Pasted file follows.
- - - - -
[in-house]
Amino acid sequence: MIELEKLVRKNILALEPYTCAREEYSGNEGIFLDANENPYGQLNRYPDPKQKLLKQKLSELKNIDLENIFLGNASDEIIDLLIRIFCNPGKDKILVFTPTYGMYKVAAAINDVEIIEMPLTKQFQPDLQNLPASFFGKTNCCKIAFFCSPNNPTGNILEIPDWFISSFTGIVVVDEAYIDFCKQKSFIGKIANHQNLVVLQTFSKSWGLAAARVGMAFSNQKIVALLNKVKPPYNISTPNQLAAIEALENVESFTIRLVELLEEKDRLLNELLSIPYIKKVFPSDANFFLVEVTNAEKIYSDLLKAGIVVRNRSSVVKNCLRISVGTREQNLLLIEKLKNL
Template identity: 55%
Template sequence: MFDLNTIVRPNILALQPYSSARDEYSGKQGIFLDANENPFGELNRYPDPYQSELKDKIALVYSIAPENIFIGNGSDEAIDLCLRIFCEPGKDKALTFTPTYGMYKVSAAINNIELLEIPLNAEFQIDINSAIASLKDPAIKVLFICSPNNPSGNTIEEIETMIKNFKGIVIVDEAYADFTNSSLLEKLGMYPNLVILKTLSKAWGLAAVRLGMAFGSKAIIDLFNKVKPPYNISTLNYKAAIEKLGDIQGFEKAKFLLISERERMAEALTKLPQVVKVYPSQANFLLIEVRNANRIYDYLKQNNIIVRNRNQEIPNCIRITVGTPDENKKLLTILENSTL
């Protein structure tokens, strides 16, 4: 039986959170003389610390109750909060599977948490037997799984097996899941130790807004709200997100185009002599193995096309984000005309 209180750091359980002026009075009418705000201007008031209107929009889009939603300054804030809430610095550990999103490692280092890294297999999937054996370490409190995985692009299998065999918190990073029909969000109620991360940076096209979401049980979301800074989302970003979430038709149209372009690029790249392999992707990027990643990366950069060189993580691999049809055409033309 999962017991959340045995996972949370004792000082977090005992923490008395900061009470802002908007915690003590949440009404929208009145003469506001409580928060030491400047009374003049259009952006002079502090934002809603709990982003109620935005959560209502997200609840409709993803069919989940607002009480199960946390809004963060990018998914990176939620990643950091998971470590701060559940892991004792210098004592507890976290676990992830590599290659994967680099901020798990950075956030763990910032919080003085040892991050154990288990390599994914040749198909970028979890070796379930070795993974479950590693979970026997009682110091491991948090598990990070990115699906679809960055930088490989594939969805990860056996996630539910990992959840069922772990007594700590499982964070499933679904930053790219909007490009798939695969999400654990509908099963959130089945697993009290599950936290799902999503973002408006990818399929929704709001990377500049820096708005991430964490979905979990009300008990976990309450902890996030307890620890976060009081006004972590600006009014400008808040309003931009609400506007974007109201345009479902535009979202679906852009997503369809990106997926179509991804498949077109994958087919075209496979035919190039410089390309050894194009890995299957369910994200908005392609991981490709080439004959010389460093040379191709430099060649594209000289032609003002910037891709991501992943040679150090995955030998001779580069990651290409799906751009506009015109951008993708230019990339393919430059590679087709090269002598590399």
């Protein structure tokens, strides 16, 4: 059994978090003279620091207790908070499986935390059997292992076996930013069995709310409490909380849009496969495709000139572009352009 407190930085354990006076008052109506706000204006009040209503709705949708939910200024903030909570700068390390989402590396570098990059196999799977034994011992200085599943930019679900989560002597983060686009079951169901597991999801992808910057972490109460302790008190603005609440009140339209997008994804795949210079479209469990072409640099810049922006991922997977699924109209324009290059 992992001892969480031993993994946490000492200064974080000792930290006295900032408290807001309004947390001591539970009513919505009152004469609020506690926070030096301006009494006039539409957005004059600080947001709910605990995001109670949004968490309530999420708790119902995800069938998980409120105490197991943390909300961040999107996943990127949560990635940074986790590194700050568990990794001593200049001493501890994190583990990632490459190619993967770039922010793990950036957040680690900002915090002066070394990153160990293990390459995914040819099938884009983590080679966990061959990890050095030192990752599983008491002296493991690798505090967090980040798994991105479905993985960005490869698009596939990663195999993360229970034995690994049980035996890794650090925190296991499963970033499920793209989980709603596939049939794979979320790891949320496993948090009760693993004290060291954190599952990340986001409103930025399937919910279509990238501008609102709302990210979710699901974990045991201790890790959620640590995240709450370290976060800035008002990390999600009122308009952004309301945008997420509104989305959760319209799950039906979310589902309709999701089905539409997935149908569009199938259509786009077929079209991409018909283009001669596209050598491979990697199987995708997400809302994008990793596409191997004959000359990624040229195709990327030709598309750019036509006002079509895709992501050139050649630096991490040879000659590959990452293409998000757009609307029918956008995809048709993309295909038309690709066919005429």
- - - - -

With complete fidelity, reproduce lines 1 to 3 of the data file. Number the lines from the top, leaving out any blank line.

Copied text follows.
[in-house]
Amino acid sequence: MIELEKLVRKNILALEPYTCAREEYSGNEGIFLDANENPYGQLNRYPDPKQKLLKQKLSELKNIDLENIFLGNASDEIIDLLIRIFCNPGKDKILVFTPTYGMYKVAAAINDVEIIEMPLTKQFQPDLQNLPASFFGKTNCCKIAFFCSPNNPTGNILEIPDWFISSFTGIVVVDEAYIDFCKQKSFIGKIANHQNLVVLQTFSKSWGLAAARVGMAFSNQKIVALLNKVKPPYNISTPNQLAAIEALENVESFTIRLVELLEEKDRLLNELLSIPYIKKVFPSDANFFLVEVTNAEKIYSDLLKAGIVVRNRSSVVKNCLRISVGTREQNLLLIEKLKNL
Template identity: 55%